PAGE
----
In 2020, the entire world will experience a complete absence of light. Polar caps are melting, the North Atlantic Drift is cooling, and in some places temperatures will plummet to as low
as –50˚F. In the Scottish village of Clachan Fells, three suns raised high above a caravan park usher in the coldest winter in 200 years. Gazing up at the bright clusters of energy are Dylan MacRae, an incomer with mysterious family ties to the community; Constance Fairbairn, survivalist and moon polisher; and Constance’s 12-year-old daughter, Stella, a goth sunlight pilgrim and absorber of the light. Thus begins Jenni Fagan’s standout second novel, The Sunlight Pilgrims (LJ Xpress Reviews, 7/8/16; ow.ly/1cCu304QgD1), after her acclaimed debut, The Panopticon, a 2013 LJ Top Ten Best Book. With this work, “at the intersection of dystopian fiction and magical realism,” two active genres, Fagan projects a future extrapolated from pressures on the present. “Despite its forbidding setting, [this] remains a hopeful tale about human connections,” writes LJ reviewer Lauren Gilbert.
“Human connections are shaping the future,” says Scotland-based Fagan in a recent phone interview with LJ. “Currently, our world is disconnected, there’s a lot of fear, and people need some kind of narrative when so much doesn’t make sense. Literature provides us with a space [in which] to speculate and tell the truth in a way that other art forms don’t. The luxury of the imagination means we don’t have to be confined by fact or label.”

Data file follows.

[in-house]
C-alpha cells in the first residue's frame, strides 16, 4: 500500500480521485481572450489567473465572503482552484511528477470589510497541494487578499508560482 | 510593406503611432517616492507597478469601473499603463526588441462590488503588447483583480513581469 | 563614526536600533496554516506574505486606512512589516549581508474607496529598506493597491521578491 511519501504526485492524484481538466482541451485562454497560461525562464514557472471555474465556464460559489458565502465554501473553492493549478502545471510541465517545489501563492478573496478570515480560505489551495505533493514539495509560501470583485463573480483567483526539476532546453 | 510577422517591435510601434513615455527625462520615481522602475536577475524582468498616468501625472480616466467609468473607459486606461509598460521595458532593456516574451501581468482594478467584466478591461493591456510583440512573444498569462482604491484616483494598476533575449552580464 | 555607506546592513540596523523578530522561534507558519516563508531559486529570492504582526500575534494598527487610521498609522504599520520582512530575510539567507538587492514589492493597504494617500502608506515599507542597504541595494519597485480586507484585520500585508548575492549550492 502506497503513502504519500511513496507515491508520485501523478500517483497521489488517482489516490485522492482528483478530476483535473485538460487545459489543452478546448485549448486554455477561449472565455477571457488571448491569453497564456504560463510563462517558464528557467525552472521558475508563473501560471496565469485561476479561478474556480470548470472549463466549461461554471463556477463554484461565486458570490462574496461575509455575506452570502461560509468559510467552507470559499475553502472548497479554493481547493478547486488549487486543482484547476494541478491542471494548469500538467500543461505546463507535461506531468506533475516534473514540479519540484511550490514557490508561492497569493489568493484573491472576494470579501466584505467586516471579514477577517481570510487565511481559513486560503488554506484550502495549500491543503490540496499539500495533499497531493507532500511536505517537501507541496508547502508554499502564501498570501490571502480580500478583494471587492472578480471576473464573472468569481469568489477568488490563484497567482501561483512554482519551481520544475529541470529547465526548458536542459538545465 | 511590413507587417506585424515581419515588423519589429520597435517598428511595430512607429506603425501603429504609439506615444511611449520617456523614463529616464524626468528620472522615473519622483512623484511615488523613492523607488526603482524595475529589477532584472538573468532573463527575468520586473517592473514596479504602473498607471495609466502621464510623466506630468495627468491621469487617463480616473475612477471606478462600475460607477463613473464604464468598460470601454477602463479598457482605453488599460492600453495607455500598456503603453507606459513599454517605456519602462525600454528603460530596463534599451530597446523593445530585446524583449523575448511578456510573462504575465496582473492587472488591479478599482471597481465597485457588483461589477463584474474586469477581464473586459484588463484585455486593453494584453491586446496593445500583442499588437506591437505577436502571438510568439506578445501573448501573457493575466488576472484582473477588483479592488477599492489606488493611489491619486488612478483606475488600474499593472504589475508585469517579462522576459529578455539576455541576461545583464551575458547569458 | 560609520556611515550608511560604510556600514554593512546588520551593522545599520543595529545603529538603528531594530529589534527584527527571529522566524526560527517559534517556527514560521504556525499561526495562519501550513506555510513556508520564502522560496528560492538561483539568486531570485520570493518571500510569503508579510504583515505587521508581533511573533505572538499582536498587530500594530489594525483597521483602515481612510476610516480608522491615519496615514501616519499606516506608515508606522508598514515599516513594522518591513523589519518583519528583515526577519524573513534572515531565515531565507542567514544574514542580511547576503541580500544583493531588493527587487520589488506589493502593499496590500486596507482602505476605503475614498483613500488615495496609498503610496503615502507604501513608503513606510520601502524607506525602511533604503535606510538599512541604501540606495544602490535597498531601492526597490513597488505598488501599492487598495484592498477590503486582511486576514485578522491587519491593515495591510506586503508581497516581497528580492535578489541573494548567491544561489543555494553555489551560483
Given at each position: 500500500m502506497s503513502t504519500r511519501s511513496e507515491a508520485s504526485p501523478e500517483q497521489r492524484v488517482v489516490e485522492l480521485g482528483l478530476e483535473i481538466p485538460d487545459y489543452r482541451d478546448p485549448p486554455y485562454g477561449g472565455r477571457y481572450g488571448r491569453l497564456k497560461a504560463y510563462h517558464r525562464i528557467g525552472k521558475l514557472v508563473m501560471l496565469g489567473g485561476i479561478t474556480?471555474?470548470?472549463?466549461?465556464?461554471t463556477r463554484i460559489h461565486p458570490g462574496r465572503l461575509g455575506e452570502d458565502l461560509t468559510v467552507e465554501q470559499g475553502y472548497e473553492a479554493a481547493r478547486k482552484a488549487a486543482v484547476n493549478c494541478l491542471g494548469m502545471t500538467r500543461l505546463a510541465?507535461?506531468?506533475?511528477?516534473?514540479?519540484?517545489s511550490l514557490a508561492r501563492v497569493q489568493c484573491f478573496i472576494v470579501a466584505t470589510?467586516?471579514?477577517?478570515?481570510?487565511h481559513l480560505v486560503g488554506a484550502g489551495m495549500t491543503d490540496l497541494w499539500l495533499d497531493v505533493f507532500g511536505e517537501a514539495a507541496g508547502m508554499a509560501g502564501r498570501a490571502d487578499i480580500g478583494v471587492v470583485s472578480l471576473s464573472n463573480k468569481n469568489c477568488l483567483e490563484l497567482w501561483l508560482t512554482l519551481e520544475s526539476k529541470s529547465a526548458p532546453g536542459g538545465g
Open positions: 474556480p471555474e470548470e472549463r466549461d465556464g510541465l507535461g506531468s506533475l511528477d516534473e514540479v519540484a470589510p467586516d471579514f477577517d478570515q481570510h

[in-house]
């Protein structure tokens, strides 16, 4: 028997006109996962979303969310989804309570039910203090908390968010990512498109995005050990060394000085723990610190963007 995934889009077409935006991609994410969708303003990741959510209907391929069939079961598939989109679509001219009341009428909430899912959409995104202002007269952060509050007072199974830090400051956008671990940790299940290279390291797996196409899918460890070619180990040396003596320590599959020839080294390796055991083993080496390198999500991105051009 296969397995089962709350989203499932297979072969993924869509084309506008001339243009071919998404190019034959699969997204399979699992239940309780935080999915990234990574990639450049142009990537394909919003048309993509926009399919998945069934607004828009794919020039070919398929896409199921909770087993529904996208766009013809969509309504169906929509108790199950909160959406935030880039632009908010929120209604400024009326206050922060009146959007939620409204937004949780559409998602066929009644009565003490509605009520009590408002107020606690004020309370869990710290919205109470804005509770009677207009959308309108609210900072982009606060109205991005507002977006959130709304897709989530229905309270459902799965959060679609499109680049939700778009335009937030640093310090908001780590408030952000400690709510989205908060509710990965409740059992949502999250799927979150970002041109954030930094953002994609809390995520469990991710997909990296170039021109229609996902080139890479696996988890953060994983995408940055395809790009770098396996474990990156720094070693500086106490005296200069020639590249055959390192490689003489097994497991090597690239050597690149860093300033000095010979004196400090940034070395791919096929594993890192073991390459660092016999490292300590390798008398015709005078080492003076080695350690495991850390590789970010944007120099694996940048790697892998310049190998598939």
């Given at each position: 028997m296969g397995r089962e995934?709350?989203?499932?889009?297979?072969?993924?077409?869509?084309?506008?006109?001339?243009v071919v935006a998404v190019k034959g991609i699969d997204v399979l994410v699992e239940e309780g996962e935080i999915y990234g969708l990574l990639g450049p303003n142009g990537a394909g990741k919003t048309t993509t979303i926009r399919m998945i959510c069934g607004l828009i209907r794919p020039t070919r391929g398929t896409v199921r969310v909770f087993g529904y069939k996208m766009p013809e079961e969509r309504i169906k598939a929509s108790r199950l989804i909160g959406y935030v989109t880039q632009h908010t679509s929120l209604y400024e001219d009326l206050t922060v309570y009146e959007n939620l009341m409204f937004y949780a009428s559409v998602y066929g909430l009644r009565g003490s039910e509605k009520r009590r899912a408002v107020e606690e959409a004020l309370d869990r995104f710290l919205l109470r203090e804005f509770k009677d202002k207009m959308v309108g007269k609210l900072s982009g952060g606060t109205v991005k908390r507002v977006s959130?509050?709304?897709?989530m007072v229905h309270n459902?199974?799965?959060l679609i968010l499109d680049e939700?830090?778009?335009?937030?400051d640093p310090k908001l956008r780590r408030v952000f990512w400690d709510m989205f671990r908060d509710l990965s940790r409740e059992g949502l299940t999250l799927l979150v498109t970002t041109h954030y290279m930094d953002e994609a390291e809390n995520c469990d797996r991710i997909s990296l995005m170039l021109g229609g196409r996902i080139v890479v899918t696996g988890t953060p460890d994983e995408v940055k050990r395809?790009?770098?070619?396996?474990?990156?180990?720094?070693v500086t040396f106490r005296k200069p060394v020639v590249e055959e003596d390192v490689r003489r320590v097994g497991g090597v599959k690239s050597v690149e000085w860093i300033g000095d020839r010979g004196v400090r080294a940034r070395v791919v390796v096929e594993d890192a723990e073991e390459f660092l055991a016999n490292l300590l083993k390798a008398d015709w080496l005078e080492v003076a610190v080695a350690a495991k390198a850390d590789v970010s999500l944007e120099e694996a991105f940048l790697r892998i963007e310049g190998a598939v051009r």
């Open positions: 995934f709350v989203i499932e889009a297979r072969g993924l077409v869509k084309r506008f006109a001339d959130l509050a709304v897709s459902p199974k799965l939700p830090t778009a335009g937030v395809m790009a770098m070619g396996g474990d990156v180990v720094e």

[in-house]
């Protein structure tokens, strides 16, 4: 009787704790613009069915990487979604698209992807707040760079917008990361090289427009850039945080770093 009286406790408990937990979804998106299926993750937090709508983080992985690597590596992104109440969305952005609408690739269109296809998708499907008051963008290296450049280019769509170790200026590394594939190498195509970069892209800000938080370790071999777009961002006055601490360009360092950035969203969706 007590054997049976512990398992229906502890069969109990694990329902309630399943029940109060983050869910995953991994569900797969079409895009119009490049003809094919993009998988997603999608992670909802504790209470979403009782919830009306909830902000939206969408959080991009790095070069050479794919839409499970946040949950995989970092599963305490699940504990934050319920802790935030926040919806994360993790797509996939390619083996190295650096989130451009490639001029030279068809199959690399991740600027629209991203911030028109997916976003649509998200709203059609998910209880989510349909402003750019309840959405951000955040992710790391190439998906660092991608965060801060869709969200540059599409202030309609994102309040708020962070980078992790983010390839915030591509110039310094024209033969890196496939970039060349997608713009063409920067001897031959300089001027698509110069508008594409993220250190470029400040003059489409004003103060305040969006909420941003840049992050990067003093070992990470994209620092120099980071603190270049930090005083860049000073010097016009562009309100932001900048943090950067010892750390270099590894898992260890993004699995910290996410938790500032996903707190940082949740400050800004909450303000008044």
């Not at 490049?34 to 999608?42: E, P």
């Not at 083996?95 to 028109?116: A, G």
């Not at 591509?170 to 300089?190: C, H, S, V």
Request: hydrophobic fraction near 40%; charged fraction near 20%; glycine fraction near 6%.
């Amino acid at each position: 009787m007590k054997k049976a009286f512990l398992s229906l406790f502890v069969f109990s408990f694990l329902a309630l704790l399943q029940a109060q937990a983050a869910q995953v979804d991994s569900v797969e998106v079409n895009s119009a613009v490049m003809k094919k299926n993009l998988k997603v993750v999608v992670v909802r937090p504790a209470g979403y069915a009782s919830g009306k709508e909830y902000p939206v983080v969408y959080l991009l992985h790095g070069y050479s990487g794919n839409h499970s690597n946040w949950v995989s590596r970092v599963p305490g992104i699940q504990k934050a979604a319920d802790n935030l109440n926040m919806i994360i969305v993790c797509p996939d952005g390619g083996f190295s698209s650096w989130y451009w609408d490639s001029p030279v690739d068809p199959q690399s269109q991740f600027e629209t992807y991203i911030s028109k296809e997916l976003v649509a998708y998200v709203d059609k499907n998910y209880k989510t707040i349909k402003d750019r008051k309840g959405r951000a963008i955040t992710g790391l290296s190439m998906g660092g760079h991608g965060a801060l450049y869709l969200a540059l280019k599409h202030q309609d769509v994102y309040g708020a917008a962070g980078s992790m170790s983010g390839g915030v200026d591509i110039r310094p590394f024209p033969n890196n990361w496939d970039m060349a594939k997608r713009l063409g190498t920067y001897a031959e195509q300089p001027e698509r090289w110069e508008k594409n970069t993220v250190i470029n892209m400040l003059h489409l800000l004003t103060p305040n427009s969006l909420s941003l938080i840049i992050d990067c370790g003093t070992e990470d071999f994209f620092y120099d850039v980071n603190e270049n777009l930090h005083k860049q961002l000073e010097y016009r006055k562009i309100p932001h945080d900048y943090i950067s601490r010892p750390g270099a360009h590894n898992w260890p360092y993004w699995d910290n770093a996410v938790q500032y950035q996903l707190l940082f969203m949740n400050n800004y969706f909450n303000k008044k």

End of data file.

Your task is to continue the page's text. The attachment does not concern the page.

A published poet who has always wanted to be a painter, Fagan is intrigued by how people respond and react, particularly when living on the periphery of society, which explains why she set this story in a rural trailer park located near a dump, similar to where she herself lived for five years. As a writer and artist, Fagan strives to ground her work in reality, and while touches of magical realism are evident in her urgent, lyrical prose, this work conveys very real-world possibilities.
The planet itself plays a central role in the novel, as Fagan reminds us that “nature is so much bigger than any of us, with its vast landscapes connecting life to life.” As she says, “In this story, the planet becomes more normal, something to understand. The reason we can understand it is because we can relate to characters who are similar to ourselves, enabling us to inhabit a space, or the future, from a different perspective.” Literature’s mission accomplished.
The novel looks at the future perception of family, those into which we are born and those we create. Readers will grapple with the concept upon discovering the history of Dylan’s family secrets going back generations and his connection to Stella. Fagan is concerned with what’s next, compelling readers to think about what might be happening now. “You may not always be looking for people, but people are looking for you.”
Recurring also is the theme of embracing uncertainty. “The ability to move with uncertainty,” says Fagan, “is key to modern life, for everybody.” Thus Dylan embraces mortality while coping with the loss of his mother and grandmother, and Stella seizes an unpredictable nature to help her navigate life as a trans teen.
Fagan’s affecting, near picture-perfect imagery is without a doubt sourced from her deep love of words. When asked about the title’s origin, which references a set of monks who drank peyote and felt their bodies literally creating light, she says, “I’m always thinking of the quality of light, it gets us through the darkest times. Literature is one way to transcend the darkness.” There’s certainly a bright future ahead for Fagan, as her vision for what’s next doesn’t stop here. She’s working on novels three and four at the moment, which are set over a 120-year period, 1910–2030, doubtless showing us how the near future will unfold.—Annalisa Pesek